What started as a small operation during the Asian Financial Crisis of 1997 now reverberates across capital markets and asset classes. The SAFE Investment Company invests money on behalf of China’s State Administration of Foreign Exchange (SAFE). China’s explosive growth over the last decade has filled the SAFE with foreign reserves, surpassing Japan’s massive pool of U.S. treasuries. As of October 2013, China’s foreign exchange reserves increased to US$ 3.66 trillion. China’s wealth is viewed by some government officials with conservatism and is described as xue han qian or “blood-sweat money” on the backs of Chinese workers.
An ancient Chinese proverb, 富 不过三代 or fu bu guo san dai, essentially means, “wealth does not pass three generations.”
If one were to read more deeply into the Eastern adage, it can be interpreted like so: The first generation destroys the initial wealth; the second generation sacrifices and works hard, and the third generation learns to save – and the cycle repeats. The Chinese government went through three decades of transforming the country into a manufacturing powerhouse. In the context of the proverb, the Chinese have entered the “third generation.”
The 2007 shocks from the global financial crisis and Western banks’ massive deployment of stimulus measures have created a flood of inflationary currency in international markets. In addition, interest rates of U.S. treasuries plummeted. In 2007, officials at SAFE reacted; they moved their strategy to embark on diversifying into equities, specifically large cap stocks. They weren’t content to simply move capital into different asset classes, SAFE moved capital into different geographic markets such as Spanish bonds.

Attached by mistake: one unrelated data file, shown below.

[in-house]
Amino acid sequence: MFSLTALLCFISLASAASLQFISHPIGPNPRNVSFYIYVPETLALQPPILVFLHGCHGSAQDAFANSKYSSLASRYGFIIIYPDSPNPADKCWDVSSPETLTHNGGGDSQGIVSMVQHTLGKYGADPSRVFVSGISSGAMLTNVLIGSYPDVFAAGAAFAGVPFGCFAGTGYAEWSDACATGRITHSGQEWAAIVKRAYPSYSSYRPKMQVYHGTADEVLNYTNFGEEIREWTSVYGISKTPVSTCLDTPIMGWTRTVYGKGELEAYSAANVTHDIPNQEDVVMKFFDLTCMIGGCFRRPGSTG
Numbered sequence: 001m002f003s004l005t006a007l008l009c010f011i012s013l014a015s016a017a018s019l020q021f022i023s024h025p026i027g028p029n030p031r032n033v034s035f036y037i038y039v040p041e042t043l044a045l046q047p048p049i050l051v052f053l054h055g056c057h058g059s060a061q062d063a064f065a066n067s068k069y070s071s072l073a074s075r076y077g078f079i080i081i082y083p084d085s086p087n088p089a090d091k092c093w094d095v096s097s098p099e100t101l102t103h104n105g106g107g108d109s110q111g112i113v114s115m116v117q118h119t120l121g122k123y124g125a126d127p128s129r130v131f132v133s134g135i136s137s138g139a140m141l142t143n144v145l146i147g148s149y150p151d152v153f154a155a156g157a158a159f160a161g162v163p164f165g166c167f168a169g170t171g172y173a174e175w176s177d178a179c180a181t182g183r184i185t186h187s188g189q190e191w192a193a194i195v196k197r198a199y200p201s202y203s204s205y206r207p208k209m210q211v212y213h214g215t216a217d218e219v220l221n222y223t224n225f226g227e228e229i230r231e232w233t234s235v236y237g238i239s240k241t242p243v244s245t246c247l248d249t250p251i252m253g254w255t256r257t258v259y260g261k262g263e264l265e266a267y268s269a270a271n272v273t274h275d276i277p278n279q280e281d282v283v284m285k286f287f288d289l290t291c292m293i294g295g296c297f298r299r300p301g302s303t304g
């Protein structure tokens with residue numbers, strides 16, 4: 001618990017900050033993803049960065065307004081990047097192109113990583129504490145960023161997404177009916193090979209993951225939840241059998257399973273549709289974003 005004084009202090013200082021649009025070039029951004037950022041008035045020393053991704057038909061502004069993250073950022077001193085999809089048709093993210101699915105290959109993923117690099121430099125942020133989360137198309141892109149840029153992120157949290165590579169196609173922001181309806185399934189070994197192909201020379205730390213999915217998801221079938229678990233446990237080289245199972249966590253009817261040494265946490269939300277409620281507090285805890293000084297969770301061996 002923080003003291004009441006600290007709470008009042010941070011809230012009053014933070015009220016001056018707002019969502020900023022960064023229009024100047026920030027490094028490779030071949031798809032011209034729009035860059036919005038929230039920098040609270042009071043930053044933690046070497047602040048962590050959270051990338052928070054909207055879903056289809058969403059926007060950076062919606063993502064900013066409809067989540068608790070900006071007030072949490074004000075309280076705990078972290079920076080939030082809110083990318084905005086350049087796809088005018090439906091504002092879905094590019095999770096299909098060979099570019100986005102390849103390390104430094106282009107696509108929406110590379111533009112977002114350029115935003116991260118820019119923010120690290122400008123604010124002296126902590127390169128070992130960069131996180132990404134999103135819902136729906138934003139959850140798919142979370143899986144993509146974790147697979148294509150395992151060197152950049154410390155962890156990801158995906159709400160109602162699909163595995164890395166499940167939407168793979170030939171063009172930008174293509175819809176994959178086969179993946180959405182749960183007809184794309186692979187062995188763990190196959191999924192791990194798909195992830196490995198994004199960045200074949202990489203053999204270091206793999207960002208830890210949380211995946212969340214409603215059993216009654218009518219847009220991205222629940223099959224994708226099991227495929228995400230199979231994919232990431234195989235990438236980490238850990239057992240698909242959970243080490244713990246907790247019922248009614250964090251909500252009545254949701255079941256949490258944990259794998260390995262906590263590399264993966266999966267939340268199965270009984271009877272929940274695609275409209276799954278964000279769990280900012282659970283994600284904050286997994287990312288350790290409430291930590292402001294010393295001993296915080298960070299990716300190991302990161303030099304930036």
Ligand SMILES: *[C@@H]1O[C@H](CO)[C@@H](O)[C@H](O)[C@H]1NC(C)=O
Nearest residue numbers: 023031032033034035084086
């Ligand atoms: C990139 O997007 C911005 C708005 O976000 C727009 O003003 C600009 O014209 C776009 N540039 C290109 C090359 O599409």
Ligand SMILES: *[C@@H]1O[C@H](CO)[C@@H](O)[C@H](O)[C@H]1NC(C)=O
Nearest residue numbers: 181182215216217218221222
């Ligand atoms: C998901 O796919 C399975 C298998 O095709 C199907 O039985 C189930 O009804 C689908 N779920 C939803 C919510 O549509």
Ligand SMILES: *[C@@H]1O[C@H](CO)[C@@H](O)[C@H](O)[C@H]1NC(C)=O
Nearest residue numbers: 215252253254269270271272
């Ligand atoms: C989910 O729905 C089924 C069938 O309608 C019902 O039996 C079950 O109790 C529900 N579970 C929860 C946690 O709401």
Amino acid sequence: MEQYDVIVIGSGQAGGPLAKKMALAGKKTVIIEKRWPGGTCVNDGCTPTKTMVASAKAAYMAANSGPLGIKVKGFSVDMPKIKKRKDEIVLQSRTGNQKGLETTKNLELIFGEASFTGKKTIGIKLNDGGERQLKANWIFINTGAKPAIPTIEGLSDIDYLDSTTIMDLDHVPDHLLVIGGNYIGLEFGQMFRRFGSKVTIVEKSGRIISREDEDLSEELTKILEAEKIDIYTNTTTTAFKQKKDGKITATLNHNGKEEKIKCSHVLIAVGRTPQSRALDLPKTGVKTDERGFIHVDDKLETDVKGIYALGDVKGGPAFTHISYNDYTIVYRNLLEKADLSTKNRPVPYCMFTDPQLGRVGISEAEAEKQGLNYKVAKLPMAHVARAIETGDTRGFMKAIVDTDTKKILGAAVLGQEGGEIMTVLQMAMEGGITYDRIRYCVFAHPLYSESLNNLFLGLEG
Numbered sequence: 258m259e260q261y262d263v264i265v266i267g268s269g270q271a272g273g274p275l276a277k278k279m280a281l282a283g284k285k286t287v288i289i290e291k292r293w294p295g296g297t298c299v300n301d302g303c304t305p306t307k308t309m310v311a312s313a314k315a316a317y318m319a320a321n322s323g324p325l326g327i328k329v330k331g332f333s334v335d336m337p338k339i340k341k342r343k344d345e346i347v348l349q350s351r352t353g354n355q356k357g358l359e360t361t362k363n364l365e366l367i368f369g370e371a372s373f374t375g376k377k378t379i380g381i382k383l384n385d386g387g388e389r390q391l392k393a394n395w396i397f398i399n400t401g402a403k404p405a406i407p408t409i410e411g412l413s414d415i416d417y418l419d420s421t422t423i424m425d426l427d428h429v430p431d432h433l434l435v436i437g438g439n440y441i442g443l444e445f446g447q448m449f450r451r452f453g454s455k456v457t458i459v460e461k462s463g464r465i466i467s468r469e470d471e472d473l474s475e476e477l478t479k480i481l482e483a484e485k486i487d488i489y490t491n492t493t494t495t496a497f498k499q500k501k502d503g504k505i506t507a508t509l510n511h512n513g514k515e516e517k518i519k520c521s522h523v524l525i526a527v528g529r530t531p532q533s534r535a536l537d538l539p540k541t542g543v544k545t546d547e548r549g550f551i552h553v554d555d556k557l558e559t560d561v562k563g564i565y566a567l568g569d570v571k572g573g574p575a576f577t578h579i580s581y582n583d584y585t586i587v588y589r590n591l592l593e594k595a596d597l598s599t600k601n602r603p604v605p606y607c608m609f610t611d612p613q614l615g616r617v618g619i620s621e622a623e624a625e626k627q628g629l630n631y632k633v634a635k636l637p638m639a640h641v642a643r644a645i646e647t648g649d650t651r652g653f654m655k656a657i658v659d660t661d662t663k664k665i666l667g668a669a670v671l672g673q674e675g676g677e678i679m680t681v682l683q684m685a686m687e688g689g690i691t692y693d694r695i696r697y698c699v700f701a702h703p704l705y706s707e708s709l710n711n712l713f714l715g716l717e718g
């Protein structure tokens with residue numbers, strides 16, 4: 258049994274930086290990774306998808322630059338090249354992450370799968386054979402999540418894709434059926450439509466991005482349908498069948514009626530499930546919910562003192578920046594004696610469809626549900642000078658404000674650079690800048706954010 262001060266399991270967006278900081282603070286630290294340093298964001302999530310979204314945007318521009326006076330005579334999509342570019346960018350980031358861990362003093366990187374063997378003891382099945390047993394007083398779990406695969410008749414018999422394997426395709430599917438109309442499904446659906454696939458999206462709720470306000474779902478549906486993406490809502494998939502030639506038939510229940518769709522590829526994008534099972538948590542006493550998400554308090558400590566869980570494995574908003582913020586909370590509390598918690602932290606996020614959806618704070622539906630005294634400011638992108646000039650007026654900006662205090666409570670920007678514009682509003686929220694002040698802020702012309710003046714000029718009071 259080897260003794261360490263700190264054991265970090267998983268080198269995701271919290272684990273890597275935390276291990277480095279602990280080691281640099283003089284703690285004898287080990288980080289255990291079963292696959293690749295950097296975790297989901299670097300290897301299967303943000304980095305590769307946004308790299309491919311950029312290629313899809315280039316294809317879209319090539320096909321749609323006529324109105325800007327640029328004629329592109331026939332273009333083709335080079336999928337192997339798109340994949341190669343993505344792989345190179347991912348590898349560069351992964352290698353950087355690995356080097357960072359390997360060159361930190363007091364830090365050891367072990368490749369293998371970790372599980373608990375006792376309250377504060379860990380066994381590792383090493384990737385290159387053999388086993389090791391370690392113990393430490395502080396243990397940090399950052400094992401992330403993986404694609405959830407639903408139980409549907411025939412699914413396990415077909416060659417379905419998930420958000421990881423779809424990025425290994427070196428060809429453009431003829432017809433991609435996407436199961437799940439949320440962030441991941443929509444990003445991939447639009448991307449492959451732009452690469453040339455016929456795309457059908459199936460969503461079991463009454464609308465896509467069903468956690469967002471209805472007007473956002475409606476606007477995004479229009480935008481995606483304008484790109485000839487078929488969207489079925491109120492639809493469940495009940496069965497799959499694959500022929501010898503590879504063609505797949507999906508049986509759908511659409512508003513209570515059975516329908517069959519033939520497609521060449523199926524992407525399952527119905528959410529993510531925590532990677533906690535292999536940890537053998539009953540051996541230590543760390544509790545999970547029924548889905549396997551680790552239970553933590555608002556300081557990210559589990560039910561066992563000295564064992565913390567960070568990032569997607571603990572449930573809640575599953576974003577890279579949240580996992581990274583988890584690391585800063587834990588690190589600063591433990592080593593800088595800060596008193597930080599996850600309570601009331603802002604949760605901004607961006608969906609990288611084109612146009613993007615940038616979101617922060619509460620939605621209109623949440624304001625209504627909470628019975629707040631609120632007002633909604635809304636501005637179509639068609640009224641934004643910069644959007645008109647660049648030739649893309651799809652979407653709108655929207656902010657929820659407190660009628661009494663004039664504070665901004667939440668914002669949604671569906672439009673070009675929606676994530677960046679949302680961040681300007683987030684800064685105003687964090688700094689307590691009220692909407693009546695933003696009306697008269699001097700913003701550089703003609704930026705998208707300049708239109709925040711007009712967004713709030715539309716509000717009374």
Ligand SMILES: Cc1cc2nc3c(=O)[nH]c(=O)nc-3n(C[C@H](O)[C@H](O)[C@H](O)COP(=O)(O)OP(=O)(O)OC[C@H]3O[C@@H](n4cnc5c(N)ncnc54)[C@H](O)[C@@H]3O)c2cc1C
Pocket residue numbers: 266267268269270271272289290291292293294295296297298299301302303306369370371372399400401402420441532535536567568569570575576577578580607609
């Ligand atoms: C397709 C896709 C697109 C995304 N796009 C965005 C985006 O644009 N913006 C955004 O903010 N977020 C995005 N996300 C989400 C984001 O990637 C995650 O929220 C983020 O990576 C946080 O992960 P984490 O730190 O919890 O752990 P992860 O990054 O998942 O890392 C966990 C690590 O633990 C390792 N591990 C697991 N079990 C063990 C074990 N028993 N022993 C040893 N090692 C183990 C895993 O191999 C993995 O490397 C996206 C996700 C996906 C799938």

Investment managers at SAFE have held a long-term view of equity markets. Growing bold and opportunistic, SAFE’s managers predicted that the market drops of 2008 would trend upwards in the long-run. Not all market dislocations and opportunities were positive. SAFE opted to dip their toes into private equity and trust private equity firm TPG Capital to safely manage their capital. SAFE invested US$ 2.5 billion into a fund managed by TPG which invested in the now-failed Washington Mutual. Co-founded by David Bonderman, TPG later admitted their fifth fund was a mess.
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